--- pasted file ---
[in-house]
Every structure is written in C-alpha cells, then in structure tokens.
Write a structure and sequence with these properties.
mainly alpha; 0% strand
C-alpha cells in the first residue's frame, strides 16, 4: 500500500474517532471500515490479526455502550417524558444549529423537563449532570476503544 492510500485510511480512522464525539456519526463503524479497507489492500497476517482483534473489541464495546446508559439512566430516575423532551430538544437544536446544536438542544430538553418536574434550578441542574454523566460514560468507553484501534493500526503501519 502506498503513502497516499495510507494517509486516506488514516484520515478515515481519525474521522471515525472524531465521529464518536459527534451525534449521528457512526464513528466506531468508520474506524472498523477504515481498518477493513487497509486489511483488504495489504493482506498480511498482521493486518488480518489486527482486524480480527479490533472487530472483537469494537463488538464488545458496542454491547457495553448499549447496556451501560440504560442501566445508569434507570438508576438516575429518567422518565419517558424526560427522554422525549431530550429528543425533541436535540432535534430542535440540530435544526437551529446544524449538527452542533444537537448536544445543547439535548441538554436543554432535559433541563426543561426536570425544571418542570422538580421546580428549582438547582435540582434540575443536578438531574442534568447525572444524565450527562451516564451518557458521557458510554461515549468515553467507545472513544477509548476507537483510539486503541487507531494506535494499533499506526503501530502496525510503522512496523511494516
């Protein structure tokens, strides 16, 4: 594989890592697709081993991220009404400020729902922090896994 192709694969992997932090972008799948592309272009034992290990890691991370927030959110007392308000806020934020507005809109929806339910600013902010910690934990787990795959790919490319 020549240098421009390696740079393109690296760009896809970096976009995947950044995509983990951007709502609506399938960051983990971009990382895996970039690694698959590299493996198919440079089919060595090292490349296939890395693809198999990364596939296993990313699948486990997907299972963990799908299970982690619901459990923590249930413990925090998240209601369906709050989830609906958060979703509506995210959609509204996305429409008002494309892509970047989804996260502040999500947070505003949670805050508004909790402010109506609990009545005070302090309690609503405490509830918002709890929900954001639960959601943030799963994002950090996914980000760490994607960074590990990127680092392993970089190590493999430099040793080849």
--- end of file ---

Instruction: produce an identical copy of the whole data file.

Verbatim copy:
[in-house]
Every structure is written in C-alpha cells, then in structure tokens.
Write a structure and sequence with these properties.
mainly alpha; 0% strand
C-alpha cells in the first residue's frame, strides 16, 4: 500500500474517532471500515490479526455502550417524558444549529423537563449532570476503544 492510500485510511480512522464525539456519526463503524479497507489492500497476517482483534473489541464495546446508559439512566430516575423532551430538544437544536446544536438542544430538553418536574434550578441542574454523566460514560468507553484501534493500526503501519 502506498503513502497516499495510507494517509486516506488514516484520515478515515481519525474521522471515525472524531465521529464518536459527534451525534449521528457512526464513528466506531468508520474506524472498523477504515481498518477493513487497509486489511483488504495489504493482506498480511498482521493486518488480518489486527482486524480480527479490533472487530472483537469494537463488538464488545458496542454491547457495553448499549447496556451501560440504560442501566445508569434507570438508576438516575429518567422518565419517558424526560427522554422525549431530550429528543425533541436535540432535534430542535440540530435544526437551529446544524449538527452542533444537537448536544445543547439535548441538554436543554432535559433541563426543561426536570425544571418542570422538580421546580428549582438547582435540582434540575443536578438531574442534568447525572444524565450527562451516564451518557458521557458510554461515549468515553467507545472513544477509548476507537483510539486503541487507531494506535494499533499506526503501530502496525510503522512496523511494516
């Protein structure tokens, strides 16, 4: 594989890592697709081993991220009404400020729902922090896994 192709694969992997932090972008799948592309272009034992290990890691991370927030959110007392308000806020934020507005809109929806339910600013902010910690934990787990795959790919490319 020549240098421009390696740079393109690296760009896809970096976009995947950044995509983990951007709502609506399938960051983990971009990382895996970039690694698959590299493996198919440079089919060595090292490349296939890395693809198999990364596939296993990313699948486990997907299972963990799908299970982690619901459990923590249930413990925090998240209601369906709050989830609906958060979703509506995210959609509204996305429409008002494309892509970047989804996260502040999500947070505003949670805050508004909790402010109506609990009545005070302090309690609503405490509830918002709890929900954001639960959601943030799963994002950090996914980000760490994607960074590990990127680092392993970089190590493999430099040793080849």